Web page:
A particularly insidious Mac security threat was revealed just as macOS High Sierra was released on Monday prompting warnings to avoid Apple’s new operating system. The security flaw, called keychainStealer, could expose your Keychain passwords, but it isn’t limited to High Sierra, and isn’t a reason to not upgrade.
Synack security researcher Patrick Wardle demonstrated the flaw showing how a potential attacker could gain access to your stored passwords. His demonstration involved installing an unsigned app on a Mac that dumps the content of your Keychain database to a plain text file.
— patrick wardle (@patrickwardle) September 25, 2017
Wardle told Forbes,
Without root priveleges, if the user is logged in, I can dump and exfiltrate the keychain, including plaintext passwords. Normally you are not supposed to be able do that programmatically.
Gizmodo reports Wardle alerted Apple to the threat on September 7th, and a patch is likely already in the works.
While the threat is real, it isn’t one most Mac users are likely to encounter. First, it isn’t a threat that’s in the wild—at least not yet. Second, it requires users to install an app that should trigger a GateKeeper alert because it isn’t signed with a valid developer certificate.
Apple addressed that in a statement to Macworld saying,
macOS is designed to be secure by default, and Gatekeeper warns users against installing unsigned apps, like the one shown in this proof of concept, and prevents them from launching the app without explicit approval. We encourage users to download software only from trusted sources like the Mac App Store, and to pay careful attention to security dialogs that macOS presents.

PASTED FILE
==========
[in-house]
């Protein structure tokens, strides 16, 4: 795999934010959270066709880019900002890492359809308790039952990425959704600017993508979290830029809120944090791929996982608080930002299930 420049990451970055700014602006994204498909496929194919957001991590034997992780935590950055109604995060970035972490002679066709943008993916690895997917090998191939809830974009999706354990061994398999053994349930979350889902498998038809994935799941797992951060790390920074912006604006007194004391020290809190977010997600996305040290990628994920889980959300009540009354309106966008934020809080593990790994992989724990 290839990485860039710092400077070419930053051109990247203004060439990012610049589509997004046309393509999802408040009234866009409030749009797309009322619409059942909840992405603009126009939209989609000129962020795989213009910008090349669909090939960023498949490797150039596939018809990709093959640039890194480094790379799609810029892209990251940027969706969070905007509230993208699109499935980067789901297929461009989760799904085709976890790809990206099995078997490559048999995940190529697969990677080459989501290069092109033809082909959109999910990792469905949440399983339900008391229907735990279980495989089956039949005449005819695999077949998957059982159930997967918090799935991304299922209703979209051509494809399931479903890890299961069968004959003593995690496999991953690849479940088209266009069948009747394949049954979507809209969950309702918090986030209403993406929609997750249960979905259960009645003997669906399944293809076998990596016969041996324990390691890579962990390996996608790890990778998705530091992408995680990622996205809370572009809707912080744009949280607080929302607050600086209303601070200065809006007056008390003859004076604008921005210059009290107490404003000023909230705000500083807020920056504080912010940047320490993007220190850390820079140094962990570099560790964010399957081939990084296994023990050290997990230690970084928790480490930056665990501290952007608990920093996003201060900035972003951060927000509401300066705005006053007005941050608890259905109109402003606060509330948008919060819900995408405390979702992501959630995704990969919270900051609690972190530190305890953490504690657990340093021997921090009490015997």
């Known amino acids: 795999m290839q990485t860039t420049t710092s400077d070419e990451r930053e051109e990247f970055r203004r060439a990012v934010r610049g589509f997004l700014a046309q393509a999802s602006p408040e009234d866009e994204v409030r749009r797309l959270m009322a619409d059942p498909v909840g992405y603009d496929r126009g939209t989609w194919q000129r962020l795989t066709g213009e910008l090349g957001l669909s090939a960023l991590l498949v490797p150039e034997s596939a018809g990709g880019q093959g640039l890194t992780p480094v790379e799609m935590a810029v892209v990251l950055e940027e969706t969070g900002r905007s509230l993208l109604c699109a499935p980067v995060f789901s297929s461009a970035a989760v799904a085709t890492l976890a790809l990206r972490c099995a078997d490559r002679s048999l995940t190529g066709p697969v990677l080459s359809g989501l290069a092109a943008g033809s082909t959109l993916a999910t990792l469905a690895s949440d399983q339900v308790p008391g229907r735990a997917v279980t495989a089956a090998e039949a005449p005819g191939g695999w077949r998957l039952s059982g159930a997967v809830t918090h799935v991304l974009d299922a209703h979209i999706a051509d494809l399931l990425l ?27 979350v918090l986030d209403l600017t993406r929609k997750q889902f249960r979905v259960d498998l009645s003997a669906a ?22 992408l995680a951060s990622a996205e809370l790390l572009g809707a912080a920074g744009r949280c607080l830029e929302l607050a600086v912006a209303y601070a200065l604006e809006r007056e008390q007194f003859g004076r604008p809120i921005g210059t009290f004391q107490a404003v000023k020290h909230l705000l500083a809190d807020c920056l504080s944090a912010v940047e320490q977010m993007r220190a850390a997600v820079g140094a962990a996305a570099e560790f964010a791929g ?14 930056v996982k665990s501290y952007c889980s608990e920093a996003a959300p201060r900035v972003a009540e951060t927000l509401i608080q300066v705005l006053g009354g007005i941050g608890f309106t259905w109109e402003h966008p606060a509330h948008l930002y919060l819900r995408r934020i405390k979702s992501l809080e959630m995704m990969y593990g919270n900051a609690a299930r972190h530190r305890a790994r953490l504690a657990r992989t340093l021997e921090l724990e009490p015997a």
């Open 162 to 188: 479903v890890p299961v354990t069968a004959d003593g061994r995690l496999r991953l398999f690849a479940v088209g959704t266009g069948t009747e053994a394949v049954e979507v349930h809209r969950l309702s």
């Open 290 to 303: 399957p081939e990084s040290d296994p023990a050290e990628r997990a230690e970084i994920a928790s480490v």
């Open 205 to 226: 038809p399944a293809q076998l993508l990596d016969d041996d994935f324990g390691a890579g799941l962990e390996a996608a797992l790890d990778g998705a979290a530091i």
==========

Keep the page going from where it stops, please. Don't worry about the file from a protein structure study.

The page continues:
Finally, keychainStealer assumes the user is logged into their Mac and are using the same password for their user account and Keychain database. If your Keychain password is different from your Mac login password, the hack doesn’t work.
If you aren’t upgrading to macOS High Sierra specifically because of keychainStealer you aren’t doing anything to protect yourself because the same threat exists in earlier macOS versions, too. Plus, macOS High Sierra has other security improvements you get until you upgrade.
The real reason to wait to install macOS High Sierra is because critical apps you need to do your job aren’t compatible yet, or you’re in the middle of a client or work project.